A group of Stanford scientists plan to introduce cheaper solar cells by making use of a fly’s compound eyes.
The silicon solar panels are already being utilized for electricity generation yet the researchers are still in search for better and cheaper alternatives. A group of scientists from Stanford university are aiming to make a cheaper photovoltaic mineral known as “perovskite” for the people who are willing to shift to solar power.
This mineral is nearly as effective and efficient as silicon based solar cells for conversion of sunlight into electrical energy, but they have certain limitations. They are extremely brittle and can easily fade in the presence of other elements. The team is trying to discover a way to increase the material’s durability and they found their solution in the compound eyes of insects.
The solution suggests covering perovskite microcells by hexagon-shaped epoxy resin scaffold which measures 0.02 inches wide. Then they gather a number of those together like a honeycomb to imitate the compound eye of a fly.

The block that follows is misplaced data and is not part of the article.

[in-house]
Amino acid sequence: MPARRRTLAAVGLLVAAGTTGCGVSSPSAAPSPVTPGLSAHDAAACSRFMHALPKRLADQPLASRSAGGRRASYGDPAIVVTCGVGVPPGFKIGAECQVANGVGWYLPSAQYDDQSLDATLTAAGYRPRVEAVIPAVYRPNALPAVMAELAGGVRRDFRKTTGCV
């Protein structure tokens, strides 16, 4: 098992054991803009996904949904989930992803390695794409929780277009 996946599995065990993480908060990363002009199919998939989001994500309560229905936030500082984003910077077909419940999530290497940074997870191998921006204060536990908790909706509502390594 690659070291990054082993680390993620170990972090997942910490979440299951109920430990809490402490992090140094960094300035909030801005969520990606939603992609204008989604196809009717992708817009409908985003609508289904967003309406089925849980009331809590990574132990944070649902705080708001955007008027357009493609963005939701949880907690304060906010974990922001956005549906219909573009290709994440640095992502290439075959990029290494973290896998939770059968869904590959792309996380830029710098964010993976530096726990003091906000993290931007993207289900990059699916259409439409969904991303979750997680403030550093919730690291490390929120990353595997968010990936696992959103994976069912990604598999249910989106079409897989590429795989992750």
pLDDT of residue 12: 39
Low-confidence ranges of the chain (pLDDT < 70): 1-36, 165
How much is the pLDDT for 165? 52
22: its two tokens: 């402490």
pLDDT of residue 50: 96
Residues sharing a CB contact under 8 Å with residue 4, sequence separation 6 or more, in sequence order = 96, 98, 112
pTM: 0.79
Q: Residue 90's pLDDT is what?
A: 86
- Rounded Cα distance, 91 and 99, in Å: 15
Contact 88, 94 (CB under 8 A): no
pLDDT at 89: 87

According to the study’s co-lead author, Nicholas Rolston, the scaffold wall helps in protecting the fragile minerals, mainly because epoxy resin is “resilient to mechanical stresses.”
Testing it Out
To test if their suggested solution works, the team conducted an experiment in which they exposed their design to high temperatures reaching 85°C and 85 percent relative humidity for 6 weeks. The result showed that their insect eye-inspired panel kept generating electricity even in the most harsh temperature conditions.
This is just the first step towards cheaper solar cells for everyone. Now the team will be looking for ways to direct large amounts of light reflected by the scaffold into the perovskite filled center of each cell.